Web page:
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In 1960 I watched Kennedy during his grueling, endless Inauguration Day, both on and off the public stage. He never faltered. At midnight, he stood in that snow-laden landscape in front of the White House, tugged a couple of times on an expiring cigar, then literally skipped up the portico stairs and into the White House. In June 1961 Kennedy returned from a U.S.-Soviet summit in Vienna on crutches and was lifted onto Air Force One by a cherrypicker, the most graphic public display of his physical problems. But two nights later, he was in Palm Beach sipping daiquiris while Frank Sinatra records played in the background, telling amusing and frightening stories of his encounter with Nikita Khrushchev. The back spasm of two days earlier never came up. Kennedy's famous "Ich bin ein Berliner" speech, which roused the most thunderous audience response I have ever witnessed or felt, came after hours of touring the Berlin Wall while standing in the back of an open-air limo with Germany's Chancellor Konrad Adenauer.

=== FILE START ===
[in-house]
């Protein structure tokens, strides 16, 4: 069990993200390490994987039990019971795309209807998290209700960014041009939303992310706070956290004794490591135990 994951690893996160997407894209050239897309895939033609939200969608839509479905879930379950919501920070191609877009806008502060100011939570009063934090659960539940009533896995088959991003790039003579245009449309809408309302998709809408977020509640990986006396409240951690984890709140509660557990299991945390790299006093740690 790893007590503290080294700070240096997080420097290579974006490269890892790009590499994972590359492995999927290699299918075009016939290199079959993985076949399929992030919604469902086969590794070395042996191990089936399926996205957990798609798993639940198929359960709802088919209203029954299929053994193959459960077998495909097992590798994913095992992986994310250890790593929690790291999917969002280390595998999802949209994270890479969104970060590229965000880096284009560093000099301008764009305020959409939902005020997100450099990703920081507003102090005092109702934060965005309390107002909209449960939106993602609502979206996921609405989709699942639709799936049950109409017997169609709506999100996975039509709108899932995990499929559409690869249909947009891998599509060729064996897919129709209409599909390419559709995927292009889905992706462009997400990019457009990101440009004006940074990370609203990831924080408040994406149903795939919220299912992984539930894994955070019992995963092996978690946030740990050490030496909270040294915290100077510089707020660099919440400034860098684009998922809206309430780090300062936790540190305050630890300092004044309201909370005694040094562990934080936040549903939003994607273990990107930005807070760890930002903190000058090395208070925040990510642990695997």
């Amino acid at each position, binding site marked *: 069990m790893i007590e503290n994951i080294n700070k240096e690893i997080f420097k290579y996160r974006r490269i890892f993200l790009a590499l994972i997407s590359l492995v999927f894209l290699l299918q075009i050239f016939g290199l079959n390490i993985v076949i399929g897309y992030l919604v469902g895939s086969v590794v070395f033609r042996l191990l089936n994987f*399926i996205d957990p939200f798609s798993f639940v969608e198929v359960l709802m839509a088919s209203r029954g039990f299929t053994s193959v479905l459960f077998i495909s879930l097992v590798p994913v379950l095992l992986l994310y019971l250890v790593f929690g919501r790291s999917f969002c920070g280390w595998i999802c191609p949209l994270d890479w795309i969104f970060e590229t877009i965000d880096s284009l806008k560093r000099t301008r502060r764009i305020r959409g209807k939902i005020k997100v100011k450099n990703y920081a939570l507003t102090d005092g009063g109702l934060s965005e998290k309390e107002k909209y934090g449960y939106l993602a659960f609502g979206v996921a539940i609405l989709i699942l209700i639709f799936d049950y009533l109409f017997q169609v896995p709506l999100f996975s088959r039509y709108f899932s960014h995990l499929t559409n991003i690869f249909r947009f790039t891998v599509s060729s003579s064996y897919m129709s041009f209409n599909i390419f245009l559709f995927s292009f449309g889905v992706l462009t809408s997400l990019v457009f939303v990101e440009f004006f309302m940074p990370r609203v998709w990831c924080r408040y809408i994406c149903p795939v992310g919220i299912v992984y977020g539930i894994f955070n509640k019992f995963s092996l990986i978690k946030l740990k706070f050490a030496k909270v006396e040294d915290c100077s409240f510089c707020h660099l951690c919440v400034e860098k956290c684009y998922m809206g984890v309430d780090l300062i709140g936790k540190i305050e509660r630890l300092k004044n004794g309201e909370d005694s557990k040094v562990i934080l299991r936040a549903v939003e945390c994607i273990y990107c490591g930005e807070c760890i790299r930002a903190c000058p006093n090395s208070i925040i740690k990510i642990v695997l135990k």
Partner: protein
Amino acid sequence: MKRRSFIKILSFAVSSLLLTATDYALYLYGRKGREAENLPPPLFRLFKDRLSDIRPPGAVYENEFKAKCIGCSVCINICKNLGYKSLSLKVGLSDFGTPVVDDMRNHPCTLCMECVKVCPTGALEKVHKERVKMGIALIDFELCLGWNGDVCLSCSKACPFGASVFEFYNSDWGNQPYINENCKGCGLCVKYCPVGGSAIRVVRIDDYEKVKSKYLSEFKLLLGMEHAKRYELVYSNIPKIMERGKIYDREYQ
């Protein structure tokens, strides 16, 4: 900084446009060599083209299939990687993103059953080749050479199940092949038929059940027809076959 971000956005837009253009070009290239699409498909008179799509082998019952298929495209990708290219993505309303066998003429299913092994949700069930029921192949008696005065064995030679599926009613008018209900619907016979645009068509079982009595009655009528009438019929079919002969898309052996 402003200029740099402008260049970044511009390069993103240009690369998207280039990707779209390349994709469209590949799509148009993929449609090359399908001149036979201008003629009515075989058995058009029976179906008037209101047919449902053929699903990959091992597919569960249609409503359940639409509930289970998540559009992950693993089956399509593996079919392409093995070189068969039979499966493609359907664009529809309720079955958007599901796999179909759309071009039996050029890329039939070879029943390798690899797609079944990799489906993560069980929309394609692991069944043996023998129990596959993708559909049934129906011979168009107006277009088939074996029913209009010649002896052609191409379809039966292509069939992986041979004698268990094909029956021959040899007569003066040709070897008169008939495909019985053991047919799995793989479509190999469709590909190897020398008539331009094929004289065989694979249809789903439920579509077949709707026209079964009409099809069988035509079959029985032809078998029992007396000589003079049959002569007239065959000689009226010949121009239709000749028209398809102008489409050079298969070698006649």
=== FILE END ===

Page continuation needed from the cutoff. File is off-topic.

So what to make of the newly released medical records? They are indisputable, but they don't give the whole picture and do leave the impression that Kennedy was little more than a chemical shell ready to self-destruct. I have my doubts. John Kennedy was a strong, determined President partly handicapped by a weakened body. But he was never an invalid.